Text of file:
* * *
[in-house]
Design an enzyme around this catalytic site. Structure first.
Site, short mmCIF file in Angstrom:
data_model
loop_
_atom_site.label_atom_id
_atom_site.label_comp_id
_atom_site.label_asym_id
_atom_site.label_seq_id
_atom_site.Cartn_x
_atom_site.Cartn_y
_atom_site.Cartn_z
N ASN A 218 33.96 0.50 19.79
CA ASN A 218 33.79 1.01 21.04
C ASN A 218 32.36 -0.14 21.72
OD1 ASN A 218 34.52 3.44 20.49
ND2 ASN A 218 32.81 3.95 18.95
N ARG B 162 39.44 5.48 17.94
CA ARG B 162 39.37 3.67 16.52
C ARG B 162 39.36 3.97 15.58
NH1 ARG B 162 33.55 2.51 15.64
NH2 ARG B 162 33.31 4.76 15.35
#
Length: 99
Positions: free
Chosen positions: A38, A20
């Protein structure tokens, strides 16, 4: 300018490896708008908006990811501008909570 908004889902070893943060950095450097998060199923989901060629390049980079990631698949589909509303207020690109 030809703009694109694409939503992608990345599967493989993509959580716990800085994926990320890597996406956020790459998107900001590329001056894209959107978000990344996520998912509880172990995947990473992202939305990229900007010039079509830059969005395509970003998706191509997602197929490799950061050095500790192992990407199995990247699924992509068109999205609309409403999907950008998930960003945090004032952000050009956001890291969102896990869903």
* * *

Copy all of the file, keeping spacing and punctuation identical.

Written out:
[in-house]
Design an enzyme around this catalytic site. Structure first.
Site, short mmCIF file in Angstrom:
data_model
loop_
_atom_site.label_atom_id
_atom_site.label_comp_id
_atom_site.label_asym_id
_atom_site.label_seq_id
_atom_site.Cartn_x
_atom_site.Cartn_y
_atom_site.Cartn_z
N ASN A 218 33.96 0.50 19.79
CA ASN A 218 33.79 1.01 21.04
C ASN A 218 32.36 -0.14 21.72
OD1 ASN A 218 34.52 3.44 20.49
ND2 ASN A 218 32.81 3.95 18.95
N ARG B 162 39.44 5.48 17.94
CA ARG B 162 39.37 3.67 16.52
C ARG B 162 39.36 3.97 15.58
NH1 ARG B 162 33.55 2.51 15.64
NH2 ARG B 162 33.31 4.76 15.35
#
Length: 99
Positions: free
Chosen positions: A38, A20
């Protein structure tokens, strides 16, 4: 300018490896708008908006990811501008909570 908004889902070893943060950095450097998060199923989901060629390049980079990631698949589909509303207020690109 030809703009694109694409939503992608990345599967493989993509959580716990800085994926990320890597996406956020790459998107900001590329001056894209959107978000990344996520998912509880172990995947990473992202939305990229900007010039079509830059969005395509970003998706191509997602197929490799950061050095500790192992990407199995990247699924992509068109999205609309409403999907950008998930960003945090004032952000050009956001890291969102896990869903």